A former adviser of Ronald Reagan has some choice words for George W. Bush.
David Stockman, Reagan’s budget director from 1981 to 1985, slammed Bush and his former boss in an op-ed in The New York Times Sunday. Stockman argued in the piece that Reagan’s view on the deficit “created a template for the Republicans’ utter abandonment of the balanced-budget policies of Calvin Coolidge.”
“(Reagan’s deficit policies) allowed George W. Bush to dive into the deep end, bankrupting the nation through two misbegotten and unfinanced wars, a giant expansion of Medicare and a tax-cutting spree for the wealthy that turned K Street lobbyists into the de facto office of national tax policy,” Stockman wrote.
Stockman, also a former Republican congressman from Michigan, resigned from Reagan’s administration in 1985 in protest over deficit spending. Bush and Reagan aren’t Stockman’s only targets in the piece; he attacks lawmakers, Federal Reserve and Treasury officials and Wall Street for a combination of easy money and deficit expanding policies that he argues will lead to another Wall Street bubble explosion in the near future.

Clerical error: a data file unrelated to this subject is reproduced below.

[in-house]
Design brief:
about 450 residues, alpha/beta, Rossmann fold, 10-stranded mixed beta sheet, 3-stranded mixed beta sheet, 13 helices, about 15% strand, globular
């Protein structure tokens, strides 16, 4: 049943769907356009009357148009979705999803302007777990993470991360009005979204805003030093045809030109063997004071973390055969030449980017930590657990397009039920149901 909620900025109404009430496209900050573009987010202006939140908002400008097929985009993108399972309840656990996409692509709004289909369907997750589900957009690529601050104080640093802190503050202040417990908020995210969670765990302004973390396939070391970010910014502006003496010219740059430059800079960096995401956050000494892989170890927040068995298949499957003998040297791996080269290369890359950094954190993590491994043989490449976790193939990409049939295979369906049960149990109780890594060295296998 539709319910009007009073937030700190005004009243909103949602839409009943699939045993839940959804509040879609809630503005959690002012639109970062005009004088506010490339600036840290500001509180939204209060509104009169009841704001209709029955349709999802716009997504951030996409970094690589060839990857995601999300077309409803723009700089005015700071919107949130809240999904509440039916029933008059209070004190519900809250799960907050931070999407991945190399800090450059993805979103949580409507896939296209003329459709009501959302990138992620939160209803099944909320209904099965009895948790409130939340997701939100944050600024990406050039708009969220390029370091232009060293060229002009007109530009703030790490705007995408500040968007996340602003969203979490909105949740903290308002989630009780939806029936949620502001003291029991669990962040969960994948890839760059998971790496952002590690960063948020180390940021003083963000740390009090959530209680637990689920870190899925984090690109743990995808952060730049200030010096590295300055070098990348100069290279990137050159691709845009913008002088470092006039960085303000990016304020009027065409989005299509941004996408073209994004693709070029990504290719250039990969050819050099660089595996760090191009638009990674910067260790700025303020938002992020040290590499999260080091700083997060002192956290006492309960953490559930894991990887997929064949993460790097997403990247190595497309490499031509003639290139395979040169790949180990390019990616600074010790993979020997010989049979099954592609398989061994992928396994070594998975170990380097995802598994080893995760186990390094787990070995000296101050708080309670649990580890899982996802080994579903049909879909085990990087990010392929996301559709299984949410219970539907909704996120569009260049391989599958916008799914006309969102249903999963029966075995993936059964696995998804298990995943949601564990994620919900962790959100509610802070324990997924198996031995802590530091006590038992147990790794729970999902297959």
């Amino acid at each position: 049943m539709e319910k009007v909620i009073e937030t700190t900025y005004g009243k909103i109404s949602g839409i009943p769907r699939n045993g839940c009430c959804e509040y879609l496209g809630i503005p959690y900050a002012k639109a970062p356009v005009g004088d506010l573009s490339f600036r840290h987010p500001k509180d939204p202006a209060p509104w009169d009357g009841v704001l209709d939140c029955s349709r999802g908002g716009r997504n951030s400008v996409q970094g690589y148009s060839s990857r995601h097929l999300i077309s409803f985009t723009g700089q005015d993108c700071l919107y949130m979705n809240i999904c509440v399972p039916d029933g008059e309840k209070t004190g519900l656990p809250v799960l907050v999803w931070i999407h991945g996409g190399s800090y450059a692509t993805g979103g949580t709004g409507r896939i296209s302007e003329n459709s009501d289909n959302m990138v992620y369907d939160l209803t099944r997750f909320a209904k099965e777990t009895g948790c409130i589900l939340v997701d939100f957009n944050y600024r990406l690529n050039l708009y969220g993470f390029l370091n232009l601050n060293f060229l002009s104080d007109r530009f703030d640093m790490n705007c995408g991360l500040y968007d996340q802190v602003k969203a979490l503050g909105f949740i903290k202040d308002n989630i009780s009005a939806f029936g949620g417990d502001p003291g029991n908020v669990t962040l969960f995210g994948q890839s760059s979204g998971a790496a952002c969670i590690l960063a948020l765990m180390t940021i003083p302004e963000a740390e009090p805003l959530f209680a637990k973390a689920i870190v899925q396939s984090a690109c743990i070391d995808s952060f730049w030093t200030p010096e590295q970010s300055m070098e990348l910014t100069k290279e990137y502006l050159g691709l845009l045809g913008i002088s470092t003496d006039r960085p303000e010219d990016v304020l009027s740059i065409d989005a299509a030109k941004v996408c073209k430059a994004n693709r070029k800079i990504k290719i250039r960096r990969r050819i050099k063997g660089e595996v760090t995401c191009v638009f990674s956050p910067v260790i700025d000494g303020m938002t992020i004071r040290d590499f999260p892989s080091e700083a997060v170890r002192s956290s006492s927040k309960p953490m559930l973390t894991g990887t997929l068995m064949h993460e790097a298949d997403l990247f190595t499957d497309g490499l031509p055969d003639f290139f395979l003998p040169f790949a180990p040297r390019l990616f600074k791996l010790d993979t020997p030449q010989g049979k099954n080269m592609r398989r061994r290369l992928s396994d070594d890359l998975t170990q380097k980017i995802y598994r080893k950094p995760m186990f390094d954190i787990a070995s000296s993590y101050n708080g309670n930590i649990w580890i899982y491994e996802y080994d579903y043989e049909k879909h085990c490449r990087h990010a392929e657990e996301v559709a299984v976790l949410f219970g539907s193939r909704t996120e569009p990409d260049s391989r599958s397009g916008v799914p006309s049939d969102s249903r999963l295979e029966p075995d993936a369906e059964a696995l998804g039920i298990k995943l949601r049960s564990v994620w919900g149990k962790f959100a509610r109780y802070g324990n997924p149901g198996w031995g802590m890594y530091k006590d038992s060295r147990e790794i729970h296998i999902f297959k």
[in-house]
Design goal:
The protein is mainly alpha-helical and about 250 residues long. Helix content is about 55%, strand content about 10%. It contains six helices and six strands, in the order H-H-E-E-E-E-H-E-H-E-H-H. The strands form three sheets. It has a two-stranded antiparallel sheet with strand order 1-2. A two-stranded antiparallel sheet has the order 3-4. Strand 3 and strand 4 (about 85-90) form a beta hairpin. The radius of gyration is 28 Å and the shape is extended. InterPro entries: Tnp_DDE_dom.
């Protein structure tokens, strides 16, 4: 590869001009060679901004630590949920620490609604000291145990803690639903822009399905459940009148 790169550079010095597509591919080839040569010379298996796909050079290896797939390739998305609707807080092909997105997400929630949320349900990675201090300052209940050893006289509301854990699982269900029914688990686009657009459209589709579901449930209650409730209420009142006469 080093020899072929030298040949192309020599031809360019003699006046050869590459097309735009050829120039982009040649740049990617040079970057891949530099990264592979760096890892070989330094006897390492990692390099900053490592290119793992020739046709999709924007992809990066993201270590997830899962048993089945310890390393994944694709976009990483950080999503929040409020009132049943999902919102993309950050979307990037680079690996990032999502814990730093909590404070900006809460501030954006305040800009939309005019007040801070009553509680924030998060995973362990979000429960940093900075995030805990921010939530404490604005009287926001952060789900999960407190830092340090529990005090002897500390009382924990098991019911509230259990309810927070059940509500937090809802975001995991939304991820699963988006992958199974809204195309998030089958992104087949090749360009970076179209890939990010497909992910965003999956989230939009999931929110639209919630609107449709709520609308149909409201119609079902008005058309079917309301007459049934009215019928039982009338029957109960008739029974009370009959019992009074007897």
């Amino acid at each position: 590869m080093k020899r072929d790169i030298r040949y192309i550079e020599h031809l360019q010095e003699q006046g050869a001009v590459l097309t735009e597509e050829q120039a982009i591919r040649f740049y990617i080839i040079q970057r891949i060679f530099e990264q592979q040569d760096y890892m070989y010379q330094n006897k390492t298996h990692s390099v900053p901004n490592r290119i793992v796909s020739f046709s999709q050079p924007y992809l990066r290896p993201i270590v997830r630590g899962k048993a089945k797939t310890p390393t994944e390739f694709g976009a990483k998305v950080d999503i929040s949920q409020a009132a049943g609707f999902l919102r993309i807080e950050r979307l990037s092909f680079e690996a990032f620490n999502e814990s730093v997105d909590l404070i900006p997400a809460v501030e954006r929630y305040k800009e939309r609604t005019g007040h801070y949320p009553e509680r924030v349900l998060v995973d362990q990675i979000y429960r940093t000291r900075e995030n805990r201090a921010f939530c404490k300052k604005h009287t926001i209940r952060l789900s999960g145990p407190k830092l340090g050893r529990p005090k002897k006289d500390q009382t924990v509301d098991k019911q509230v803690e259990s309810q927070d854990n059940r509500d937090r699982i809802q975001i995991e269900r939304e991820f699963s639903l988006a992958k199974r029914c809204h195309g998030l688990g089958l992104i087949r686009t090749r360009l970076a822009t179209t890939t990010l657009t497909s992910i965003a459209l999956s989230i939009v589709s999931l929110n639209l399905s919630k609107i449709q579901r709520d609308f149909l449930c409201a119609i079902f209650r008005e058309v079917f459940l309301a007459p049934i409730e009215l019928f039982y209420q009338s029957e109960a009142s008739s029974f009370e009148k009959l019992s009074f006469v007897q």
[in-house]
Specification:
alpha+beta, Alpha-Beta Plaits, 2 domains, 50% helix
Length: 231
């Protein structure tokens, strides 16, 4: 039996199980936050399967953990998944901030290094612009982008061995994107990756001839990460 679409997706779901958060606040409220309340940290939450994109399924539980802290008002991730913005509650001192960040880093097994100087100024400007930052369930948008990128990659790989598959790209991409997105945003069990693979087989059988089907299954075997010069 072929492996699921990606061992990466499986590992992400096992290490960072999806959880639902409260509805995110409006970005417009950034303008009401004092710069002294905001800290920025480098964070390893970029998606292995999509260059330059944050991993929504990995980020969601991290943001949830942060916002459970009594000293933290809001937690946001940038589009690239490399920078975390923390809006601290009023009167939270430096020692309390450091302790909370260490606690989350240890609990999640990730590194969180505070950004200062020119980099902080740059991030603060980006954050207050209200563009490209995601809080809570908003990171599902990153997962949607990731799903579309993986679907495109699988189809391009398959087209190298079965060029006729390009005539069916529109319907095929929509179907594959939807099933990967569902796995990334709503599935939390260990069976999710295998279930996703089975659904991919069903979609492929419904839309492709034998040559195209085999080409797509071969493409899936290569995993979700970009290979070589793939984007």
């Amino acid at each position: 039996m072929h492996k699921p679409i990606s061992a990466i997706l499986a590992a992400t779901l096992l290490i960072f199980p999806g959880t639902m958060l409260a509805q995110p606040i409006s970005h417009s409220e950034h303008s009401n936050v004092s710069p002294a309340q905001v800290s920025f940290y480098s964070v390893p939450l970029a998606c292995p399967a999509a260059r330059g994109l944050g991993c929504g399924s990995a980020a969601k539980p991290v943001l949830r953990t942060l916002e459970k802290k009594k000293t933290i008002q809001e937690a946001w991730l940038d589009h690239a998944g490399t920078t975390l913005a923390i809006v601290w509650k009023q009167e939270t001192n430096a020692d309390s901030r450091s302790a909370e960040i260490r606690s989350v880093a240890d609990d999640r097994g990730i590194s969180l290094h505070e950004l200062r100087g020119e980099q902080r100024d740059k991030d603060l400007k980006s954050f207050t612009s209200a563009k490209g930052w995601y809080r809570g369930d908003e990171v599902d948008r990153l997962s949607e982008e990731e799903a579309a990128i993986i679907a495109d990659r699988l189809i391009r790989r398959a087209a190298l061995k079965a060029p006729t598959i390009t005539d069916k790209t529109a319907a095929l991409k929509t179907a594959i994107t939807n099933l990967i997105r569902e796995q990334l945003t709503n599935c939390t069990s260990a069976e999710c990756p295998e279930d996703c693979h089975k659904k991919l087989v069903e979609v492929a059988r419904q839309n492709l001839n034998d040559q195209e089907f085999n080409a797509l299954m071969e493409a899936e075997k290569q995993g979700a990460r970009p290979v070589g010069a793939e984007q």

Stockman may have a point when it comes to Bush’s policies, at least. The cost of the wars in Iraq and Afghanistan combined with the Bush-era tax cuts for the wealthy will account for nearly half of the debt the U.S. will owe by 2019, according to a February analysis from the Center on Budget Policy and Priorities, a left-leaning think tank.
Bush isn’t the only Republican leader to draw Stockman’s ire in recent months, though. During the 2012 presidential election, Stockman called Republican candidate Mitt Romney “a master financial speculator who bought, sold, flipped, and stripped businesses.” He also attacked Vice Presidential Candidate Paul Ryan’s budget, arguing that it was “devoid of credible math or hard policy choices.”